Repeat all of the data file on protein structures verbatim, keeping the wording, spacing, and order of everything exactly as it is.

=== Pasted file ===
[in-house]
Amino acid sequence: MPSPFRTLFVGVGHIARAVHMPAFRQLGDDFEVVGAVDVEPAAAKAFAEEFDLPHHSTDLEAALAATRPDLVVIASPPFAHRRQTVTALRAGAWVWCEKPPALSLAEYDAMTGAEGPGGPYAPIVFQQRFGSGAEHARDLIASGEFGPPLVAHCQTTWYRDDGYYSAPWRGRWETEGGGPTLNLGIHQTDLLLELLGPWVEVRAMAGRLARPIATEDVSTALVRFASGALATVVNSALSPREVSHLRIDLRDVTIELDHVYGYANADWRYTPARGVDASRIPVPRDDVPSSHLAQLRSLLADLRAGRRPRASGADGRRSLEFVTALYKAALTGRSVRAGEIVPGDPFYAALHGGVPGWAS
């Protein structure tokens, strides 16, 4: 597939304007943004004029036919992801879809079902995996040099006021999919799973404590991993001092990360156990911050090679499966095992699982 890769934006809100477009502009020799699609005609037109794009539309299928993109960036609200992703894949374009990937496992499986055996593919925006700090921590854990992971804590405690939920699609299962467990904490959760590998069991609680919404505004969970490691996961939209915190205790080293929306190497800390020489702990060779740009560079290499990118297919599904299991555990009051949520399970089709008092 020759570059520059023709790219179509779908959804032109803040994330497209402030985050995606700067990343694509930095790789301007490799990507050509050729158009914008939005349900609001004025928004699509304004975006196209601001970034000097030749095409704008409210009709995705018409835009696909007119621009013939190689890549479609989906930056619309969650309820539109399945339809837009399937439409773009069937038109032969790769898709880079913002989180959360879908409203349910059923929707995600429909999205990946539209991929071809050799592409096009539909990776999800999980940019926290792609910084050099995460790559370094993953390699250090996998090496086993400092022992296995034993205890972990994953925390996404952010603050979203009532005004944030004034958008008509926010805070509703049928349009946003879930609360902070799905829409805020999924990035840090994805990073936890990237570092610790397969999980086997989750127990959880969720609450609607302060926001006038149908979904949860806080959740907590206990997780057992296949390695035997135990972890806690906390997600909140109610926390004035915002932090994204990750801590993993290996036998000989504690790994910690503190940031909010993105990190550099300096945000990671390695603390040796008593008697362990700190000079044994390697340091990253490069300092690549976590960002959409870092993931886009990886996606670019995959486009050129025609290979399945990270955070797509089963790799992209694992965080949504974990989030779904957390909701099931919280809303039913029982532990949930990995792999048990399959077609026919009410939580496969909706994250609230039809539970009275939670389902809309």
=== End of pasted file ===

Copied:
[in-house]
Amino acid sequence: MPSPFRTLFVGVGHIARAVHMPAFRQLGDDFEVVGAVDVEPAAAKAFAEEFDLPHHSTDLEAALAATRPDLVVIASPPFAHRRQTVTALRAGAWVWCEKPPALSLAEYDAMTGAEGPGGPYAPIVFQQRFGSGAEHARDLIASGEFGPPLVAHCQTTWYRDDGYYSAPWRGRWETEGGGPTLNLGIHQTDLLLELLGPWVEVRAMAGRLARPIATEDVSTALVRFASGALATVVNSALSPREVSHLRIDLRDVTIELDHVYGYANADWRYTPARGVDASRIPVPRDDVPSSHLAQLRSLLADLRAGRRPRASGADGRRSLEFVTALYKAALTGRSVRAGEIVPGDPFYAALHGGVPGWAS
């Protein structure tokens, strides 16, 4: 597939304007943004004029036919992801879809079902995996040099006021999919799973404590991993001092990360156990911050090679499966095992699982 890769934006809100477009502009020799699609005609037109794009539309299928993109960036609200992703894949374009990937496992499986055996593919925006700090921590854990992971804590405690939920699609299962467990904490959760590998069991609680919404505004969970490691996961939209915190205790080293929306190497800390020489702990060779740009560079290499990118297919599904299991555990009051949520399970089709008092 020759570059520059023709790219179509779908959804032109803040994330497209402030985050995606700067990343694509930095790789301007490799990507050509050729158009914008939005349900609001004025928004699509304004975006196209601001970034000097030749095409704008409210009709995705018409835009696909007119621009013939190689890549479609989906930056619309969650309820539109399945339809837009399937439409773009069937038109032969790769898709880079913002989180959360879908409203349910059923929707995600429909999205990946539209991929071809050799592409096009539909990776999800999980940019926290792609910084050099995460790559370094993953390699250090996998090496086993400092022992296995034993205890972990994953925390996404952010603050979203009532005004944030004034958008008509926010805070509703049928349009946003879930609360902070799905829409805020999924990035840090994805990073936890990237570092610790397969999980086997989750127990959880969720609450609607302060926001006038149908979904949860806080959740907590206990997780057992296949390695035997135990972890806690906390997600909140109610926390004035915002932090994204990750801590993993290996036998000989504690790994910690503190940031909010993105990190550099300096945000990671390695603390040796008593008697362990700190000079044994390697340091990253490069300092690549976590960002959409870092993931886009990886996606670019995959486009050129025609290979399945990270955070797509089963790799992209694992965080949504974990989030779904957390909701099931919280809303039913029982532990949930990995792999048990399959077609026919009410939580496969909706994250609230039809539970009275939670389902809309």